Good luck to Victor, as it looks like he's the only one left!

  21. Erwan Japon

    And this also tells us how much research the Salomon's team of Kilian has done before too. Not only is Kilian a very good runner, but we should also emphasize that he has one of the best team in the world _gathering information, checking course, making preliminary contacts with great guys in the ultra-running community etc…_

    Looks like the group won't make the FKT this year but good luck for Victor !

  22. Pete

    wow some serious weather now. just hope victor is safe. golf ball size hail and thunder plus lightening. the weather in tahoe is no joke currently

  23. Chris

    i paced and crewed for Tom Flahaven the weekend of 8/4/12 where he completed the entire TRT in 45:34. TRT is no joke and i'll say i was a bit taken back by how outspoken this group was on with respect to their tactics (no planned sleep and not getting lost). Sleep for > 24hr endurance events isn't a choice, but a necessity.

    1. Terry wilson

      I feel the need to also comment on the results of this attempt .i, along chris crewed and paced tom last weekend.. Tom insisted on not talking about this adventure he was doing. So we honored him with that request. I will now say that tom did this adventure for all the right reasons. Tom chose to do this for the following reasons. First of all he loves the trails ..another reason is that he wanted something to challenge him physically, mentally and spiritually. And finally he wanted to attempt to do this with friends and family, and people that share in his love for the trails and mountains . He succeeded in all facets of his adventure.. It was an honor and a privilege to share this special weekend with tom , his wife and friends…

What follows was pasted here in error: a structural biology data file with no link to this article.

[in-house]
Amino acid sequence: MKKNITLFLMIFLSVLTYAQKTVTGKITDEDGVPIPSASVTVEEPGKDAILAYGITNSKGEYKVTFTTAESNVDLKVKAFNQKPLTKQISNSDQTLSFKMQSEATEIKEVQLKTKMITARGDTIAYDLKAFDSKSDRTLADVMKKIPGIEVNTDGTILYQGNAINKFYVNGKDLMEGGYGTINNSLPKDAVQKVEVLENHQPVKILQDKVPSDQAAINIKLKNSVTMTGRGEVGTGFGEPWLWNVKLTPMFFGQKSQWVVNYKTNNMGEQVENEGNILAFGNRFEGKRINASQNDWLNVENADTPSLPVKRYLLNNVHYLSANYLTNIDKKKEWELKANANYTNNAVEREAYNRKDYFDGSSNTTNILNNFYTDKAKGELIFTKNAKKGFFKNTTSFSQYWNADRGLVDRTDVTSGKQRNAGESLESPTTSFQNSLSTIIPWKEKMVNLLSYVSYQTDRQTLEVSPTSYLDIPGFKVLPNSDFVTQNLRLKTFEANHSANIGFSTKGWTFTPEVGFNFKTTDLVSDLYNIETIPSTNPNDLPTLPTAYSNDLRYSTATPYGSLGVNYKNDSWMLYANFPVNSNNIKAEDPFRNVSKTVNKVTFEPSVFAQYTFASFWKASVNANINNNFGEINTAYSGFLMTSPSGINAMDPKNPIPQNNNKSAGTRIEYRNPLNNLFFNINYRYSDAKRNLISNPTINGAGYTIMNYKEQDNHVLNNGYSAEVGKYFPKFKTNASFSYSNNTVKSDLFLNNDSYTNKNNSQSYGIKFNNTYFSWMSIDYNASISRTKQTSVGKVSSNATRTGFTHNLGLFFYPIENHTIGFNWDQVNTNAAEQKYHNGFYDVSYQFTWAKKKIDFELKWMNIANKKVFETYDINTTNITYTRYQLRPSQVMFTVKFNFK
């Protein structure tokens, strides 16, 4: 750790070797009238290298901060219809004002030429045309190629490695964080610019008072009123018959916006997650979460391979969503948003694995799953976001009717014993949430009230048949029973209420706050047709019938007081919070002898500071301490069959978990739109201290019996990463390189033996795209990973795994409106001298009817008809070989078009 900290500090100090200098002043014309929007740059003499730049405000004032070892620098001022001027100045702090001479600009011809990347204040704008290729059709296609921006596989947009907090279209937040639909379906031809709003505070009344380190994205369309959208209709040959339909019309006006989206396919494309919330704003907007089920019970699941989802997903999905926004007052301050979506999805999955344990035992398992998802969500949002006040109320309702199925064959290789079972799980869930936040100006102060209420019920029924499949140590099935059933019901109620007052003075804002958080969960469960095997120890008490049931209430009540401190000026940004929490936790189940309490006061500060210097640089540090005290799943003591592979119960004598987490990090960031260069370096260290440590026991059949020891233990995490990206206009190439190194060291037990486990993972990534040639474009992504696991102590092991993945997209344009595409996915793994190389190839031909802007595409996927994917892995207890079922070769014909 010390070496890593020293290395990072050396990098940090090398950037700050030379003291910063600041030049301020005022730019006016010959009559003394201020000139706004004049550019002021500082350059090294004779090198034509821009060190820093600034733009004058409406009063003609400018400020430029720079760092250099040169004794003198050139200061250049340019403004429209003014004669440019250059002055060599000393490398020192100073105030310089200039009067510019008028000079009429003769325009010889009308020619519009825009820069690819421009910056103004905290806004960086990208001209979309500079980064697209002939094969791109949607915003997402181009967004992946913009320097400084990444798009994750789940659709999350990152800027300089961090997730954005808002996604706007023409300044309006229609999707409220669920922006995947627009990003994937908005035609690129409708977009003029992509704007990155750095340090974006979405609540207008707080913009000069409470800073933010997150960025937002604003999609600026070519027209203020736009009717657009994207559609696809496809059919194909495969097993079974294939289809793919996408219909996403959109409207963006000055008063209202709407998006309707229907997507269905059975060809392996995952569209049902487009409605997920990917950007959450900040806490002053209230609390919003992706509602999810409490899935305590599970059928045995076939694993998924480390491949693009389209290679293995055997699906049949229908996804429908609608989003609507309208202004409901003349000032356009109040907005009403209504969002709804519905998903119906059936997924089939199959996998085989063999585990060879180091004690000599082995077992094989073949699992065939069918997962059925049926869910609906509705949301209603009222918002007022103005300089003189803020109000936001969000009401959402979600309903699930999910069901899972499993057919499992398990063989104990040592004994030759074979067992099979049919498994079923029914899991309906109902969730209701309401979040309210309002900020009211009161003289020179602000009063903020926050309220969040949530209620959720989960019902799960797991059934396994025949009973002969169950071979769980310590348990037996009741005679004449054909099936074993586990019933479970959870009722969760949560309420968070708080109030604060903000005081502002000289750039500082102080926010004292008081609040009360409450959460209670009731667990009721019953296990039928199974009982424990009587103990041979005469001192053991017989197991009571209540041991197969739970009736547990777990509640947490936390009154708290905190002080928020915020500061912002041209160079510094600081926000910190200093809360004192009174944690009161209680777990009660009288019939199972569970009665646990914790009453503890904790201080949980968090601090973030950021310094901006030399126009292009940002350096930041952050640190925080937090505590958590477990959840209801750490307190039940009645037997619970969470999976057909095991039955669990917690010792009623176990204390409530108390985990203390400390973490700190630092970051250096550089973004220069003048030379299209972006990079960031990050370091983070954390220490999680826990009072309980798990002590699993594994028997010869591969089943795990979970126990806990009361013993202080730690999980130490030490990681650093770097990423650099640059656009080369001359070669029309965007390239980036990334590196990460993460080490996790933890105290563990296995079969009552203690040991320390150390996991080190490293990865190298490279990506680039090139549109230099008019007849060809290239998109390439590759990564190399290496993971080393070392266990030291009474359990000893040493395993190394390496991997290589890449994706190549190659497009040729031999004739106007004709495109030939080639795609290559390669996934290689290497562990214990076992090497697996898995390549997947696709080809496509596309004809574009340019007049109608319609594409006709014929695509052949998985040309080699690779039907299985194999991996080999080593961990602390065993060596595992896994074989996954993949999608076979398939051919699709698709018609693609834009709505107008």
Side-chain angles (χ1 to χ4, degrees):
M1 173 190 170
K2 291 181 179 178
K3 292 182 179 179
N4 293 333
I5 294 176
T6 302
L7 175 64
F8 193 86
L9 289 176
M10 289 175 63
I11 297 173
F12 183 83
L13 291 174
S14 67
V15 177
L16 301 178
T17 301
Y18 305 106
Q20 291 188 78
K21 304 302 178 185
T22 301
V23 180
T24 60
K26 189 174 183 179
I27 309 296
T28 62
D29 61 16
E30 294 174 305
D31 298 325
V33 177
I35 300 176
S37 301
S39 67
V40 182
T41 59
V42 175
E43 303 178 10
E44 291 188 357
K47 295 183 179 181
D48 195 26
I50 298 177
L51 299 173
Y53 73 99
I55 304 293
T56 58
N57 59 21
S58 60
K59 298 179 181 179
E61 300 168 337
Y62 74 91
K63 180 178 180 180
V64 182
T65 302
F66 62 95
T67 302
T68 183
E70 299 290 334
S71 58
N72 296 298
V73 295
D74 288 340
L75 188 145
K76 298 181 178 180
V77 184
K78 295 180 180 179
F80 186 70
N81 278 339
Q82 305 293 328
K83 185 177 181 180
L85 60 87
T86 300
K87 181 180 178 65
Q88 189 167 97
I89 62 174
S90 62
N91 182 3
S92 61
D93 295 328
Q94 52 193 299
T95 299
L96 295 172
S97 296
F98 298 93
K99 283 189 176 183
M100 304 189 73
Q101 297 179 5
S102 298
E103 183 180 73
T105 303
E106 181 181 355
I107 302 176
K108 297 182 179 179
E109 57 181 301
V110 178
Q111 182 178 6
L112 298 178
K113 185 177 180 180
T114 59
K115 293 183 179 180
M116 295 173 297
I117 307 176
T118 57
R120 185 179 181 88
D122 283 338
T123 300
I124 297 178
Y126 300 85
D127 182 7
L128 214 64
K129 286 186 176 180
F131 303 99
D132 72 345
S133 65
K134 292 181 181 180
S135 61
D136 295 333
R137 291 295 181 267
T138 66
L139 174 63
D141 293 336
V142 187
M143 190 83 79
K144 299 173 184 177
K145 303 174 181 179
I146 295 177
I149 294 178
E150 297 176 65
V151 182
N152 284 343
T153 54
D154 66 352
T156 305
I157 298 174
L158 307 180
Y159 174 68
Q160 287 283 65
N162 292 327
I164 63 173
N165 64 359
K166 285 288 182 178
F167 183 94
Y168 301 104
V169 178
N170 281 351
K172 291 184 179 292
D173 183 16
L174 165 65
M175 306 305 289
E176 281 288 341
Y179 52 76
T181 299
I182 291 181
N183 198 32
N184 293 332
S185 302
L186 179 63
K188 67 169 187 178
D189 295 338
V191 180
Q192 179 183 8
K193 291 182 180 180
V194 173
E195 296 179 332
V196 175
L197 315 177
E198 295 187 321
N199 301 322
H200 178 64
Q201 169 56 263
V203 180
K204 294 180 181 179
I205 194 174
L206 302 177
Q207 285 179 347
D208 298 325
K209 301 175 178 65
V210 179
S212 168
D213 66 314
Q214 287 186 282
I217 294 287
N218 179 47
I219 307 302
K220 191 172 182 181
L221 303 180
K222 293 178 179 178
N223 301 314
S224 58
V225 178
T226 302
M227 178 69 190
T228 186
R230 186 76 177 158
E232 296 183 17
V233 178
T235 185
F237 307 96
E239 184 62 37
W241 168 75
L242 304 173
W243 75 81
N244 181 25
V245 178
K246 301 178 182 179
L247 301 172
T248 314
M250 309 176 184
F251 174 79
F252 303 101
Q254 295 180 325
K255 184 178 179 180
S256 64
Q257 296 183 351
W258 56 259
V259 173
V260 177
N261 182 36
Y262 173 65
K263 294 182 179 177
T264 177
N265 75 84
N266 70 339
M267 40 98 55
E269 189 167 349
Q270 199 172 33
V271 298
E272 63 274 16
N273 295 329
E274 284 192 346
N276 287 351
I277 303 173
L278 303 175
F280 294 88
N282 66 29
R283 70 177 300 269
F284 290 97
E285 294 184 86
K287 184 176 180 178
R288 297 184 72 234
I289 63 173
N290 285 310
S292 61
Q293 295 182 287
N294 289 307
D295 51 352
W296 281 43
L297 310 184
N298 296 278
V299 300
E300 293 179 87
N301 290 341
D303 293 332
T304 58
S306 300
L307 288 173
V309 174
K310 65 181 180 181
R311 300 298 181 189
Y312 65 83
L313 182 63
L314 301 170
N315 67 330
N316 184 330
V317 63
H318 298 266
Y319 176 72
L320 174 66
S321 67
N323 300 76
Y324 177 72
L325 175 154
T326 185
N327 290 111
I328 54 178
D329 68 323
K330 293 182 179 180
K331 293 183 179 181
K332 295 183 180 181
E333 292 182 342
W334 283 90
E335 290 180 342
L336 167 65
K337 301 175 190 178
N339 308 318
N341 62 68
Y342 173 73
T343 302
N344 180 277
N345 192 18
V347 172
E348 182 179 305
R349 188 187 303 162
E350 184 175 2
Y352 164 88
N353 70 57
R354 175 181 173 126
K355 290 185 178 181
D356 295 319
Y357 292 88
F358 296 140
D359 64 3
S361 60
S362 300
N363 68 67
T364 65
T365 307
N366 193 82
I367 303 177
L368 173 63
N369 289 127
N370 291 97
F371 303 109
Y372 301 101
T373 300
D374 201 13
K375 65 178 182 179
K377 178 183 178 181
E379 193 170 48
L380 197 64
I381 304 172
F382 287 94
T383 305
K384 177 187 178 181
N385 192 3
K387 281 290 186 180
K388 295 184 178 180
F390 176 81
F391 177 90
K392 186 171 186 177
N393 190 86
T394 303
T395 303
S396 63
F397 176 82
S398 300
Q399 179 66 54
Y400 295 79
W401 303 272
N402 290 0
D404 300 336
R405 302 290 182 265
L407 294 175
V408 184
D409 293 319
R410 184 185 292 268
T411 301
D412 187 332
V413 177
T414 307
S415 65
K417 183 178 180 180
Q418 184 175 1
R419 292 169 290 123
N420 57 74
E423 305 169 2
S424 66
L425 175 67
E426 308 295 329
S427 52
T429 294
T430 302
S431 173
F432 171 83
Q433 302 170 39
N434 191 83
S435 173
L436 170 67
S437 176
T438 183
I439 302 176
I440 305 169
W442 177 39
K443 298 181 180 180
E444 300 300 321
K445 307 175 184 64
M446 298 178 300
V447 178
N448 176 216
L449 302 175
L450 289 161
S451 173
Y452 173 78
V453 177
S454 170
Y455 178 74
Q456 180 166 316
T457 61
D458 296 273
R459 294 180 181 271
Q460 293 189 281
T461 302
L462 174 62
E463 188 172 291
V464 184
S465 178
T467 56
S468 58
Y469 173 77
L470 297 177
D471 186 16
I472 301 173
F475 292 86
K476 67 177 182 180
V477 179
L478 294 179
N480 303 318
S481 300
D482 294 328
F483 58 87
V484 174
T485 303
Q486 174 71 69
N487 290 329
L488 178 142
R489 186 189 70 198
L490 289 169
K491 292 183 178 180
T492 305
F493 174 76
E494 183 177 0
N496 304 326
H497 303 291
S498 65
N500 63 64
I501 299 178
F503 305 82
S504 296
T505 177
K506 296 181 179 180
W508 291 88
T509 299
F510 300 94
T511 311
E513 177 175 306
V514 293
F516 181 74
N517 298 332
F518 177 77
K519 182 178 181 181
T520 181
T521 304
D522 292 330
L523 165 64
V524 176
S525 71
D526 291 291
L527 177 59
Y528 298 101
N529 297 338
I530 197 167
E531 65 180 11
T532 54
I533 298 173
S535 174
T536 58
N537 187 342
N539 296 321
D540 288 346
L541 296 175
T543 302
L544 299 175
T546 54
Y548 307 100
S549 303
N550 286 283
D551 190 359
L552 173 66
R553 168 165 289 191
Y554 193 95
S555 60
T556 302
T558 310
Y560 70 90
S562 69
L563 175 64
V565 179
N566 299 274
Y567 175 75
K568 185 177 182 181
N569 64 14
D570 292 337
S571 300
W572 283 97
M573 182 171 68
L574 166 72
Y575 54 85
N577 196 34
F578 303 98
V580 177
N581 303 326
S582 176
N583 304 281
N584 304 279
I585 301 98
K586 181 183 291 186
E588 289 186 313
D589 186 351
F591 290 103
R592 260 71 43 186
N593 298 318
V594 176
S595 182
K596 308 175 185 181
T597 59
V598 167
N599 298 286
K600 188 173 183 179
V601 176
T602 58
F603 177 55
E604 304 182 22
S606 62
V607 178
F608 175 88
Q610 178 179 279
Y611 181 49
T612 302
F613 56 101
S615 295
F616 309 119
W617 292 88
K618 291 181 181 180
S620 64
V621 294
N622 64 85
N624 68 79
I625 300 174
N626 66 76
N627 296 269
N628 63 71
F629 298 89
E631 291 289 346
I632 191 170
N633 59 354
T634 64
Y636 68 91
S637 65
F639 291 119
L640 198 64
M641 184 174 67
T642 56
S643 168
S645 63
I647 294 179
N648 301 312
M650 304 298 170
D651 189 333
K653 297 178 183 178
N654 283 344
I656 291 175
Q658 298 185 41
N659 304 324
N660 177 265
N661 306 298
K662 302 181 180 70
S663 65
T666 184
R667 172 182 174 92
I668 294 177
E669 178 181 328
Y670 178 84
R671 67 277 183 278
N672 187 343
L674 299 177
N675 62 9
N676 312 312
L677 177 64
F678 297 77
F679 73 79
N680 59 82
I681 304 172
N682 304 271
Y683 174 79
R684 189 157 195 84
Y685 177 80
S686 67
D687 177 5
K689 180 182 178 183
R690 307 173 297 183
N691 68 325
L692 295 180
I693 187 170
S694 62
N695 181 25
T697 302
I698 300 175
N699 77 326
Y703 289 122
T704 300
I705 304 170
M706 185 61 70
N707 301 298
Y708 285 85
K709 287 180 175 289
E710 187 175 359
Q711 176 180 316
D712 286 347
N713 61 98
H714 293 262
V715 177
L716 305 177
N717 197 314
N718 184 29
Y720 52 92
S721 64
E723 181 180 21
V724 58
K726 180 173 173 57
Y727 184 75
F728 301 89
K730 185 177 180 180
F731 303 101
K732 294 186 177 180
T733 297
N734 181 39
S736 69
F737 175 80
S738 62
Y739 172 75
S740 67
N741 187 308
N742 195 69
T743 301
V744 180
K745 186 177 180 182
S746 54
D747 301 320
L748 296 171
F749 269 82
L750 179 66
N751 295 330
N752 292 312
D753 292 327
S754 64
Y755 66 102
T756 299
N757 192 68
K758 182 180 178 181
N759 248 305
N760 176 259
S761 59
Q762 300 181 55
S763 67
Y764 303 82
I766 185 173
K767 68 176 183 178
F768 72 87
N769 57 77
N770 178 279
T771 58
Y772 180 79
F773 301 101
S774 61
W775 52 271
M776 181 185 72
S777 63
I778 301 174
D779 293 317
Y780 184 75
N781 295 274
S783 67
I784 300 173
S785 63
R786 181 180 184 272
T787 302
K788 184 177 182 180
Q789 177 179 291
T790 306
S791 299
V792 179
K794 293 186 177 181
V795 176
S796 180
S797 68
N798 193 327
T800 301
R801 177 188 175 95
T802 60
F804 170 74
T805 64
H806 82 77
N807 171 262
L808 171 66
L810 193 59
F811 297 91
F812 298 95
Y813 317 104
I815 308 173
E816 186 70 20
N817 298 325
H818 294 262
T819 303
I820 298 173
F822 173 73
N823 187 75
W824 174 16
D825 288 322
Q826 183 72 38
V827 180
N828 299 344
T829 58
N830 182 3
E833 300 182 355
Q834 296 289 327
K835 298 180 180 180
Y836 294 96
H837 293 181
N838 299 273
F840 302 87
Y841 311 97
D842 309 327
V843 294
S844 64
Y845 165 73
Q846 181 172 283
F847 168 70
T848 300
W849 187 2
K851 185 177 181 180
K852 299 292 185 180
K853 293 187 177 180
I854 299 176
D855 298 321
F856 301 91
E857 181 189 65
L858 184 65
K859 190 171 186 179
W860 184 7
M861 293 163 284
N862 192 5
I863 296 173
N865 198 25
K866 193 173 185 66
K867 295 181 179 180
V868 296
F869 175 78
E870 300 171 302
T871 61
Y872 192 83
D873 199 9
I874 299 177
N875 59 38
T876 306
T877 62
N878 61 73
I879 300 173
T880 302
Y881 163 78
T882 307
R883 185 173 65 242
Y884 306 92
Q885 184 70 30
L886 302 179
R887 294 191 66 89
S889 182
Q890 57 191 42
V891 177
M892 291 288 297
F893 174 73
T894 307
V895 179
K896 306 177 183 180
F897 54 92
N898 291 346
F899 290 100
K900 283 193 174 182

I may be wrong about this group that attempted and failed to break kiilians record….but I'm going to take this moment to pass judgement. Y'all did it for the wrong reasons……basically driven by your I invite you to check your selves"……..AND BTY ….go victor, your the man

      1. Bryon Powell

        Terry, we all run and take on challenges for different reasons. I think it'd be a bit rash to assume that all of the runners involved were driven by ego. Knowing some better than others, I'm pretty sure that's not the case. Perhaps, some aimed high for a challenge. The novelty of such a group attempt might also have drawn folks in. There have long been (judgmental) debates about whether folks should run FKTs on famous trail routes; however, so long as one person's outing doesn't interfere with anyone else's enjoyment of the trail, isn't it all good in the end?

        1. Anonymous